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American music club
Susan Cowsill’s haunting solo debut

Suppose you’d been a pop star when you were eight, been an indie-pop figure for a couple of decades since then, and done music in New England, Los Angeles, and New Orleans. Odds are good that you’d have a few interesting things to say by the time you got around to making a solo album.

There’s a certain kind of audience, for starters, those who gravitate to ’60s pop and Americana and who love an emotive melody above all else, that will feel right at home with Susan Cowsill’s Just Believe It (Blue Rose import). Those folks may remember Susan as the kid sister in the ’60s family group the Cowsills (inspiration for The Partridge Family), or later as a singer with Dwight Twilley, Redd Kross, and other power-poppers. Then came the Continental Drifters, the roots-pop combo she played in during the ’90s. That band absorbed enough of the right kinds of music — ’60s pop harmonies, Southern soul, alt-country, and British folk rock — and played enough go-for-broke shows to become a cause célèbre for some of us. And her solo debut picks up nicely where the last Drifters disc, the emotionally charged Better Day (Razor & Tie), left off.

Which is not to say that Just Believe It is just a solo version of a Drifters album, even if the musical range is similar and another pair of Drifters (drummer Russ Broussard, who’s Cowsill’s husband, and singer Vicki Peterson, also of the Bangles) are featured on it. Rather, it bears out the idea that one’s first solo album tends to be an autobiography in disguise. Cowsill was the resident ballad writer in the Drifters, often drawing on some unspecified sadness to fuel songs with a haunting touch. That trend continues here. "Nanny’s Song," a countryish tune about watching the death of a loved one, is as haunting as it gets. Like many of these tracks, it risks getting sentimental but never does, coming out instead with the disarming quality of a Lucinda Williams song. Williams herself adds harmonies, and the blend of voices is as shiver-inducing as you’d hope.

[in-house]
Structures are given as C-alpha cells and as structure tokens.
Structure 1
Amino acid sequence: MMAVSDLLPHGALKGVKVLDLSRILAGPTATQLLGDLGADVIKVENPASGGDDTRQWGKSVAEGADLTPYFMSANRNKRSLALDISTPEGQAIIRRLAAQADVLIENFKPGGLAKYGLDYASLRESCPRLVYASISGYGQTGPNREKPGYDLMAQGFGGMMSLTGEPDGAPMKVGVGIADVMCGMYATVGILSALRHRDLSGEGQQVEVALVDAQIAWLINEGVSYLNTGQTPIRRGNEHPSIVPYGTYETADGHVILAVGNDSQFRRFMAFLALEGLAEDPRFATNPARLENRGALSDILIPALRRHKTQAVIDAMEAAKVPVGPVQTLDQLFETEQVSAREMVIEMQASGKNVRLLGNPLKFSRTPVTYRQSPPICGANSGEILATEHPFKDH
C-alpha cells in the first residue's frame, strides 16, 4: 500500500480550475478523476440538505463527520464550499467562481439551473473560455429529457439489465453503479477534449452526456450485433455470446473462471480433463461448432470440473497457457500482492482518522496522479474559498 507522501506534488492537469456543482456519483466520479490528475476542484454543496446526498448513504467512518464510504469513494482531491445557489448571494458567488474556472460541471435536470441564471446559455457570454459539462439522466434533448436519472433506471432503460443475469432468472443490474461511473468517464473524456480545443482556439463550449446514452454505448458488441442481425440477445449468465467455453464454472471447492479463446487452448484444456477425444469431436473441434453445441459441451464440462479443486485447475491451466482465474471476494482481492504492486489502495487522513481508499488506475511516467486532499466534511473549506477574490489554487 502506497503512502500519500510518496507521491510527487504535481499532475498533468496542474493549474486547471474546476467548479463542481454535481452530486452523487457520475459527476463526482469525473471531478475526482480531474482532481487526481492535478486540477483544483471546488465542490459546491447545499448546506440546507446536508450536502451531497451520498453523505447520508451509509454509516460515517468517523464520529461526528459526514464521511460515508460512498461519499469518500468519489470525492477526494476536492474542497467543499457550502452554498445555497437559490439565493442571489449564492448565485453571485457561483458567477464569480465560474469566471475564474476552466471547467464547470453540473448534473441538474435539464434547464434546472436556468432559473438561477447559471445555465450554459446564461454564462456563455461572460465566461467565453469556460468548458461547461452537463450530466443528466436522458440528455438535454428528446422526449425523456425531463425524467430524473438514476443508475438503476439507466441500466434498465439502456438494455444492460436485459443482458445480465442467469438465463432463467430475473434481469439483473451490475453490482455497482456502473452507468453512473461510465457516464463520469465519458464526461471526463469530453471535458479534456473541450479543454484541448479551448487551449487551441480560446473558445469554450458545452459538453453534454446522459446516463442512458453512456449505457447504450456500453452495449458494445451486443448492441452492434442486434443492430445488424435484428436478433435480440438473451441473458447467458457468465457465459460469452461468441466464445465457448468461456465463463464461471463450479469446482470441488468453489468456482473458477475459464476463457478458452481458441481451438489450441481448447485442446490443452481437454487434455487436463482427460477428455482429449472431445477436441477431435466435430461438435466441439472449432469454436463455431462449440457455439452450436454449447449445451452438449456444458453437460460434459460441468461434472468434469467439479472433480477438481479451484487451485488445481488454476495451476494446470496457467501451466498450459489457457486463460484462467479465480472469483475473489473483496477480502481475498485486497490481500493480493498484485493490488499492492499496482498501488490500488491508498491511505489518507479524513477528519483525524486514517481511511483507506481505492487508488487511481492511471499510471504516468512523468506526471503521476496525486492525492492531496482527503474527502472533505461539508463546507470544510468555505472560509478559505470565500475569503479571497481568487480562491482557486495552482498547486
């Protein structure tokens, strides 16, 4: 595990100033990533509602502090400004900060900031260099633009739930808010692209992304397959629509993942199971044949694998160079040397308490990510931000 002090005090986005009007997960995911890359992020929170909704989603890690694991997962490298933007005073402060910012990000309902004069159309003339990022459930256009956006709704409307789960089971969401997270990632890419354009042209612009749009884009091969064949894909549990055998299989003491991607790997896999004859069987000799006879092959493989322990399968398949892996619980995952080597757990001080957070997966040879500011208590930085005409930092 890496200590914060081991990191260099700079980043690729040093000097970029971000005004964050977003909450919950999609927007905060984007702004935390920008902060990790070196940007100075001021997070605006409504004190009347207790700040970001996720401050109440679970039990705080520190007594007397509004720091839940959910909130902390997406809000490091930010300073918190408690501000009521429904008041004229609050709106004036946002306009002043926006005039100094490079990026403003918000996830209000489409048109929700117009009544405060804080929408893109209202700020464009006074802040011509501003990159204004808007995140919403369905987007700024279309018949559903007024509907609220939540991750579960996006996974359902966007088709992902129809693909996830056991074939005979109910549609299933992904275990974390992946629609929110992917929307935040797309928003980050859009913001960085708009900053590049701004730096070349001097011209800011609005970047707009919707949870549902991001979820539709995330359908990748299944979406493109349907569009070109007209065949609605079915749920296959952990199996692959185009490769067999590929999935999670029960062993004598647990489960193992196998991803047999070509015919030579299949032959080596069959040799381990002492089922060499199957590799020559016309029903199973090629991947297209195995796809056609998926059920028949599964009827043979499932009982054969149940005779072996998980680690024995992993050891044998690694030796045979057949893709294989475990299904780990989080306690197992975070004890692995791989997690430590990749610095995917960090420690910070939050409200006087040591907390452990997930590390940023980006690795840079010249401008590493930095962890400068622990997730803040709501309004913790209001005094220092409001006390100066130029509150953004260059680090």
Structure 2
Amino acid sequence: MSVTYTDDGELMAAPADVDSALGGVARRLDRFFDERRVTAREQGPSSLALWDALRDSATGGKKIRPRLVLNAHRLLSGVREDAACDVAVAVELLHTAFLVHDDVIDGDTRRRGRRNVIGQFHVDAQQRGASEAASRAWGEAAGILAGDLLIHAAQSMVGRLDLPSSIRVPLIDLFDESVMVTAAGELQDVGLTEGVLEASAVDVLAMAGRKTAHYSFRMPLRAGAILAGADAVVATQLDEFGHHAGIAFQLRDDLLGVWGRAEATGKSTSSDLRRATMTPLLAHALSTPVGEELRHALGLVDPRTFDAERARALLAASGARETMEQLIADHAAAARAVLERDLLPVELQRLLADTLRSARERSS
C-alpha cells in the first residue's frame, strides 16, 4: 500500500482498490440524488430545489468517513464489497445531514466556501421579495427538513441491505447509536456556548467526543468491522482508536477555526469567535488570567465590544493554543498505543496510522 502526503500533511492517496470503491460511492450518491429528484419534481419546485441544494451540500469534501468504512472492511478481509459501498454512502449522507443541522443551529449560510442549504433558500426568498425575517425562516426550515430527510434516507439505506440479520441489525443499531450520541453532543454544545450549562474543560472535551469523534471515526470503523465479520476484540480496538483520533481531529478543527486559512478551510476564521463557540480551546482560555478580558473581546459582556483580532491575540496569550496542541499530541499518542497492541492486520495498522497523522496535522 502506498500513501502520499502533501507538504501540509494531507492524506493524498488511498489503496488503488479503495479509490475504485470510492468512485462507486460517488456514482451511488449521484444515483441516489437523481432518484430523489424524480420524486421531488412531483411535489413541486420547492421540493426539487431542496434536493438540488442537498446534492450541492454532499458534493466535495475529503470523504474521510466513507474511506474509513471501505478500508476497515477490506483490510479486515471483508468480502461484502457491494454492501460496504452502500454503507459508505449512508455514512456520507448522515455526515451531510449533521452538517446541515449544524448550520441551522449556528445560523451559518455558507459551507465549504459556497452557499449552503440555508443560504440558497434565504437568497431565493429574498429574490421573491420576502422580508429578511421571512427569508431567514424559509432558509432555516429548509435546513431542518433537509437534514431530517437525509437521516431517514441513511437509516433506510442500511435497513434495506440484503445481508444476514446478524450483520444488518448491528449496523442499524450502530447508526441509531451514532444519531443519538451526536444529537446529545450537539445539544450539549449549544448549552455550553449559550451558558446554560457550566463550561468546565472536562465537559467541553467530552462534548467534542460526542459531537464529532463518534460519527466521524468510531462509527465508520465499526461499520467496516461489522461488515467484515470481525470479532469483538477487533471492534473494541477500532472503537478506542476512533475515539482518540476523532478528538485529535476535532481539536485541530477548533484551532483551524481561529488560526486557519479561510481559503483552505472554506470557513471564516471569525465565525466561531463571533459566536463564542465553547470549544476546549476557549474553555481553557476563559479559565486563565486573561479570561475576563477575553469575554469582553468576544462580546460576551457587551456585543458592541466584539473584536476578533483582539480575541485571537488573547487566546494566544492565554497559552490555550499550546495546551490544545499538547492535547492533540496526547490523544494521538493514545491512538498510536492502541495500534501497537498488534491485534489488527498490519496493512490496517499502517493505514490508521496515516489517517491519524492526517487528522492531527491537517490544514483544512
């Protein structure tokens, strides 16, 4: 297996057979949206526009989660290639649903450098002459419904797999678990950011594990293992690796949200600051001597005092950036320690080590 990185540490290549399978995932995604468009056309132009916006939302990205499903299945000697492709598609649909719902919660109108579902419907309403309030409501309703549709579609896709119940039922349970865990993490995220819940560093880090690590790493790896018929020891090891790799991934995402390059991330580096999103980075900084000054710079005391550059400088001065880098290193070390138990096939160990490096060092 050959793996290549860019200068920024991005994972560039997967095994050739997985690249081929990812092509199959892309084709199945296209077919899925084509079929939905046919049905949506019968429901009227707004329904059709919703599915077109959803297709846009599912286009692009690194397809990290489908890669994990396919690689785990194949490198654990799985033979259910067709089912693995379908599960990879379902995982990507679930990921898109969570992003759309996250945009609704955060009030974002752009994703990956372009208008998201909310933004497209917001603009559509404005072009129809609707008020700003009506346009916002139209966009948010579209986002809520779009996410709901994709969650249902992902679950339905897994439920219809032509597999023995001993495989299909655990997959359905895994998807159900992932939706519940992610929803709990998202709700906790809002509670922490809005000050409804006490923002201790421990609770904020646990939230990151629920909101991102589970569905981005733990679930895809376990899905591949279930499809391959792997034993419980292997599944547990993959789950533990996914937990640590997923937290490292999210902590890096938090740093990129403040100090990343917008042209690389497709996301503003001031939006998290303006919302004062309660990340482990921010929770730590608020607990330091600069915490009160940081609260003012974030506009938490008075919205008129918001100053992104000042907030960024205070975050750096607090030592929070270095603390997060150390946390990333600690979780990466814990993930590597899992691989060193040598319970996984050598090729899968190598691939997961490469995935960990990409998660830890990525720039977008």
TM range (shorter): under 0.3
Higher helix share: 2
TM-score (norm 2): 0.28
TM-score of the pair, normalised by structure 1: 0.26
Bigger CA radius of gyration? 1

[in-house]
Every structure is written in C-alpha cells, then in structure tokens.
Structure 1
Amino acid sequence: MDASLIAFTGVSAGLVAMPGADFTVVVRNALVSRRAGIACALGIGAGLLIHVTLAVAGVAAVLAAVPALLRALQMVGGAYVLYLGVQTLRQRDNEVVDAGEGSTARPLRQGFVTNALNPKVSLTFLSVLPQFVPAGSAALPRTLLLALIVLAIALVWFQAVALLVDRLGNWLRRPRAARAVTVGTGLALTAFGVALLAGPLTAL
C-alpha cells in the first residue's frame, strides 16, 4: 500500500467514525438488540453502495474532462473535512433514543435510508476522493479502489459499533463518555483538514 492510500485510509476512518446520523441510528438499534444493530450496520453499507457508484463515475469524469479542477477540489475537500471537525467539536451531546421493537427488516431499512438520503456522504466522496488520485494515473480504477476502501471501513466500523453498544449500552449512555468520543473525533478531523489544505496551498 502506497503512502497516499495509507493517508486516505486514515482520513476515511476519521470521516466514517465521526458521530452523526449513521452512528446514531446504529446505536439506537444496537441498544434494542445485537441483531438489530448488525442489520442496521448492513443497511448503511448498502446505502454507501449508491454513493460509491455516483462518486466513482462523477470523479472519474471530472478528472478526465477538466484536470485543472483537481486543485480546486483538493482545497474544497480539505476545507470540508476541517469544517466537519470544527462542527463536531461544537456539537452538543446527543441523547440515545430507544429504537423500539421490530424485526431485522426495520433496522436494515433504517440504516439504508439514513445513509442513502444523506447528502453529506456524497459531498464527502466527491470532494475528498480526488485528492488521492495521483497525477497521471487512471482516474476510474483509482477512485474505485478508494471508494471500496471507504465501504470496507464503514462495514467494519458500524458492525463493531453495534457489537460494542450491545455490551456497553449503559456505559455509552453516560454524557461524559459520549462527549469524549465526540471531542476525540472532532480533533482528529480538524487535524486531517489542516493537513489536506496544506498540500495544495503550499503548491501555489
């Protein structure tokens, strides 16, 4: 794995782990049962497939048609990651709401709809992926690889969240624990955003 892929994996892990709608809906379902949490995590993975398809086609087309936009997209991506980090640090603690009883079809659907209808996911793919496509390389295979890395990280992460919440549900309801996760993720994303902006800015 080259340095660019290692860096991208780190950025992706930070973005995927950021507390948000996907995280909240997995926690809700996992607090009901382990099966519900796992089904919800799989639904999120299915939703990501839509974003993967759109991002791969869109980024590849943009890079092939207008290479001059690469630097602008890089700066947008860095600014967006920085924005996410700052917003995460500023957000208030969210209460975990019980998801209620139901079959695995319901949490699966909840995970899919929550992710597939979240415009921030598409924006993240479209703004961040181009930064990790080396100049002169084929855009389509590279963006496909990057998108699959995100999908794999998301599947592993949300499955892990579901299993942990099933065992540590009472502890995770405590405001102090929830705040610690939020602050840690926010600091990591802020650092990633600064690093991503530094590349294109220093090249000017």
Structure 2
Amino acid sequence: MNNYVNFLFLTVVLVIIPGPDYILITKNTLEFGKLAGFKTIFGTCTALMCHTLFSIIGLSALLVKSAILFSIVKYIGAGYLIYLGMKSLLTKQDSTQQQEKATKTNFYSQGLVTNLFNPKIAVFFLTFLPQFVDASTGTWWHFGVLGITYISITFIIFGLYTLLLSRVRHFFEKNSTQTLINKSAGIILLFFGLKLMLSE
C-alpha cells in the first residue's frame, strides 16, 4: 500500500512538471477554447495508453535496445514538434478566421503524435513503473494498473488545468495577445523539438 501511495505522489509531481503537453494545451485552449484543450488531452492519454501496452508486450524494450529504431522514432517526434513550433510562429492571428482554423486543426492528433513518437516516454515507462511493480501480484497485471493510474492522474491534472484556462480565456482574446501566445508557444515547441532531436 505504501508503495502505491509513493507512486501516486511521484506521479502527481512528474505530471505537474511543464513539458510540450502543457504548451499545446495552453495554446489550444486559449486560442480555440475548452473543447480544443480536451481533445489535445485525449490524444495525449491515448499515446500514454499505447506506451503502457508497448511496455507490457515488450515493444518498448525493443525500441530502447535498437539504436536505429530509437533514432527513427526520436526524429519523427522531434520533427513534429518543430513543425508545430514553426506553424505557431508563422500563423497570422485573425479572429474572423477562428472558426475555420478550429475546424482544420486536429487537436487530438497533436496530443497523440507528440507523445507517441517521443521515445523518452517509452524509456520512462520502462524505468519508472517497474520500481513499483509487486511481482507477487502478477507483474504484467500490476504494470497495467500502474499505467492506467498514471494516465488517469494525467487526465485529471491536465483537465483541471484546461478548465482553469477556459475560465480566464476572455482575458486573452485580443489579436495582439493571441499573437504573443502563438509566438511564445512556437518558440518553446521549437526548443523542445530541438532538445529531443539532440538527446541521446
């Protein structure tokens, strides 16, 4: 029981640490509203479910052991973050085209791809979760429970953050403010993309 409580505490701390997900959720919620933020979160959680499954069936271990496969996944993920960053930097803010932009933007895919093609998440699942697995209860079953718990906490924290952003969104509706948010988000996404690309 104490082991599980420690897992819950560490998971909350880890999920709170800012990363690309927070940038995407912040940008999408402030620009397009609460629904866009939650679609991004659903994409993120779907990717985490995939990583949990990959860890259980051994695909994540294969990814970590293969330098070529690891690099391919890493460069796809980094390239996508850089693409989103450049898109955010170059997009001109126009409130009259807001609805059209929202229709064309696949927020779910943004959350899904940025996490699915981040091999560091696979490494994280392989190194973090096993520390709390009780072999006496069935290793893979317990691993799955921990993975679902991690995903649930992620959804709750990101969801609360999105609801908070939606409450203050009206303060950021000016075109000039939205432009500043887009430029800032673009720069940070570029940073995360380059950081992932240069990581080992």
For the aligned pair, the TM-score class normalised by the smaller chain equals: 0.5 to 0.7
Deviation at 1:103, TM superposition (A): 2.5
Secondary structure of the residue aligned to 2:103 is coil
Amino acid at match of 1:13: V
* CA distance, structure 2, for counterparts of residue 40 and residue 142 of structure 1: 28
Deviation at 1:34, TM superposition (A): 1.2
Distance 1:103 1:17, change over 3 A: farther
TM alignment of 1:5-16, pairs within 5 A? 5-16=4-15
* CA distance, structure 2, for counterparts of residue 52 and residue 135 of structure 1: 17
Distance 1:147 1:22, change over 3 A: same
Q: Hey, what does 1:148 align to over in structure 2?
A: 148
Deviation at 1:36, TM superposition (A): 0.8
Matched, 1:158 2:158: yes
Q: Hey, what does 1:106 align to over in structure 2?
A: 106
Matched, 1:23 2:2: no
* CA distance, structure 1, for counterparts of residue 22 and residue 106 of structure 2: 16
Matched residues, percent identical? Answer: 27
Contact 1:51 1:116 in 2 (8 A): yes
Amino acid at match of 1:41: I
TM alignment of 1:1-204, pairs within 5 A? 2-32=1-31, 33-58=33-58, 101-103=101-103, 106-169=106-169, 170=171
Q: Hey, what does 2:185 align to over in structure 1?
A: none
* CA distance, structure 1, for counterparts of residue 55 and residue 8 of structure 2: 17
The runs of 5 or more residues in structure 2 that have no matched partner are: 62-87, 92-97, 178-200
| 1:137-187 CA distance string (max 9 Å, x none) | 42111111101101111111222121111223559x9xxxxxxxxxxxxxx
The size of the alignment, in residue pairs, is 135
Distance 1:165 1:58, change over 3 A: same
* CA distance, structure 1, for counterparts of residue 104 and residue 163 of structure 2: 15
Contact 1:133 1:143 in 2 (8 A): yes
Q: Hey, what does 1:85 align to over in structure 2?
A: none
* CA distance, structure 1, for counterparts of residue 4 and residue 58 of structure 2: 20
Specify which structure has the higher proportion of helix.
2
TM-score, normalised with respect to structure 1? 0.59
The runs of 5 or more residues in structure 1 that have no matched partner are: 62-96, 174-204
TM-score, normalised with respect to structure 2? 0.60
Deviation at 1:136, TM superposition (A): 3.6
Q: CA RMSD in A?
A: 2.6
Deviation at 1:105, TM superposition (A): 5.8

Elsewhere, Cowsill and her band (the line-up includes guitarist Chris Knotts and former Cowboy Mouth bassist Rob Savoy) become an American music club, putting accordions, harmonicas, and slide guitars into the mix. The New Orleans influence turns up in surprising places: a Cajun lilt (and Broussard’s washboard) spices up the otherwise poppy title track. And a blues-harmonica solo sneaks into the one cover, Sandy Denny’s "Who Knows Where the Time Goes," the mother of all haunting folk-rock ballads. But the other side of Cowsill’s personality, which came out less in her Drifters songs, is the more exuberant one. "Know You Know" may have a peace-and-love lyric (complete with a Beatles quote in the fadeout), but it’s played as full-blown garage rock with fuzz bass. The Beatles influence turns up again on the psychedelic-tinged "White Light," which ends the disc with heavenly harmonies and a ripping guitar solo, redeeming the some of the earlier sadness. So it’s tempting to call this an album about healing, but that would make it sound less fun and more new-agey than it is.

Reached by phone at her New Orleans home, Cowsill puts things more bluntly: "It’s about survival, taking care of each other and getting through the shit." All of which, she hints, have been issues in her own life. "That’s one reason I love the Sandy Denny song, because she wrote from the depths of that well. I spent decades in sorrow, and I came to realize that you have a choice. Once you can believe that, you take those boulders you’re carrying around and break them down into pebbles." As for the musical stretch on the disc, "I’d love to say that I meticulously and gracefully planned all of it, but that would be a bald-faced lie. I had been writing some more diverse things in the Drifters, but I never finished them. This time, I had to go as far as writing a rock-and-roll song. I did want the first solo album to be something special, because after that, the next record is just the next record."

She and her band will perform at the Back Bay Hilton this Saturday night; the show is a benefit for the Boston Medical Center’s Elders Living at Home program. (For details, visit www.bmc.kintera.org/cowsill.) But Cowsill also made an unheralded appearance in town just last month. It seems the Red Sox took a liking to "Hair," which she’d recorded with the Cowsills in the late ’60s, and so the team brought Susan and her brothers — who grew up and formed their band in Newport — to sing it at Fenway Park. "It was an emotional high point in my life, a lot more than I expected. My brothers were soaring, diehard fans that they are." In fact, the Cowsill crew hit town in the middle of the Yankees series, sang "Hair" and the national anthem, and the Sox went on to win it all. Draw your own conclusions.

Susan Cowsill performs a benefit concert for the Boston Medical Center’s Elders Living at Home Program this Saturday, November 20, at 7 p.m. at the Back Bay Hilton, 40 Dalton Street in Boston; call (617) 638-6139.

Issue Date: November 19 - 25, 2004
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